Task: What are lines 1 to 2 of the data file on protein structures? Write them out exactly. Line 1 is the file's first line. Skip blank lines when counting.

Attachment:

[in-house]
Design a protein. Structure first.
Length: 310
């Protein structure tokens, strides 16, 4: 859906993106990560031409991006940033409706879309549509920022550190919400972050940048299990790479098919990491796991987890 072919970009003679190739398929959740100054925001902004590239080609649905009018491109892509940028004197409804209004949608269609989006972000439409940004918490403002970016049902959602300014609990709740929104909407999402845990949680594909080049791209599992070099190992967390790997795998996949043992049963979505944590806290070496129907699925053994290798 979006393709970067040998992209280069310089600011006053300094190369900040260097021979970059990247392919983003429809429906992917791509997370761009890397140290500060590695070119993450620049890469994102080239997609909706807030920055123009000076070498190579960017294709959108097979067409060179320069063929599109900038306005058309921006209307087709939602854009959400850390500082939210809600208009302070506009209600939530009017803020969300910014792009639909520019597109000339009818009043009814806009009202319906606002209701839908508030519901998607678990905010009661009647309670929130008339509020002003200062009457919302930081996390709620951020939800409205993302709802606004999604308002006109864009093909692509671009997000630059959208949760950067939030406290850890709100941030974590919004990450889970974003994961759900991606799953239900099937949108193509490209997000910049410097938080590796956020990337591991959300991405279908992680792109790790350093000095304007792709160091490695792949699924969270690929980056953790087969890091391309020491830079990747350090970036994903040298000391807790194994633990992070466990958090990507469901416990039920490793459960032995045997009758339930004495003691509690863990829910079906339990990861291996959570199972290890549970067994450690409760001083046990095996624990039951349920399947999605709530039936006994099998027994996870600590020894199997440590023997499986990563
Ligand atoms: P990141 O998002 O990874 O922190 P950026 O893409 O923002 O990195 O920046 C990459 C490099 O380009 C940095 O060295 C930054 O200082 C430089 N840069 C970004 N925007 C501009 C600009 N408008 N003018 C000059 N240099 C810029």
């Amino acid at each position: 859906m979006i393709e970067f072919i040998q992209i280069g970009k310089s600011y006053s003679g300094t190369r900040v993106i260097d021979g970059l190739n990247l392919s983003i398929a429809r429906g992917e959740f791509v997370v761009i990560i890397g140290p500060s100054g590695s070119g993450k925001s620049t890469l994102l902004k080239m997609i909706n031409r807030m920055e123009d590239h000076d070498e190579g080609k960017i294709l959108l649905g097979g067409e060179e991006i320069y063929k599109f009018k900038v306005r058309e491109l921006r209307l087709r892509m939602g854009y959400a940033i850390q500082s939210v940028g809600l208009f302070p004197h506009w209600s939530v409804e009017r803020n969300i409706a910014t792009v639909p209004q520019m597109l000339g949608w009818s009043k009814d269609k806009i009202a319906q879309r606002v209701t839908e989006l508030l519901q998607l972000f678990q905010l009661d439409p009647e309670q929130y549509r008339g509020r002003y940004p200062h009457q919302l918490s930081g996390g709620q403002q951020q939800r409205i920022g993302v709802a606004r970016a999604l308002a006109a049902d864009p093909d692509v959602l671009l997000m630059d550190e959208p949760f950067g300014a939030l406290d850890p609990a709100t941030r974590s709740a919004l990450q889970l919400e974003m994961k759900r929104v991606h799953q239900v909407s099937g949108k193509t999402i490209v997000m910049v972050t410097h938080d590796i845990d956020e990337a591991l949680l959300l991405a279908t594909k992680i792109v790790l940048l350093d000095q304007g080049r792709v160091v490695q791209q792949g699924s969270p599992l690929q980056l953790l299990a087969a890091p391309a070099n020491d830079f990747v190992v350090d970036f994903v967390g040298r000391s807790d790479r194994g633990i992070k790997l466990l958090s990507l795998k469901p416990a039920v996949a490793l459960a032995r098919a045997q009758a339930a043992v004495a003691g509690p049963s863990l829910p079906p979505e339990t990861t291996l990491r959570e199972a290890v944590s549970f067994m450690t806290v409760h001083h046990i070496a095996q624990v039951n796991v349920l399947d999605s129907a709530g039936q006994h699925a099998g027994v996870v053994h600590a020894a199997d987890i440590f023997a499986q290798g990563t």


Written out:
[in-house]
Design a protein. Structure first.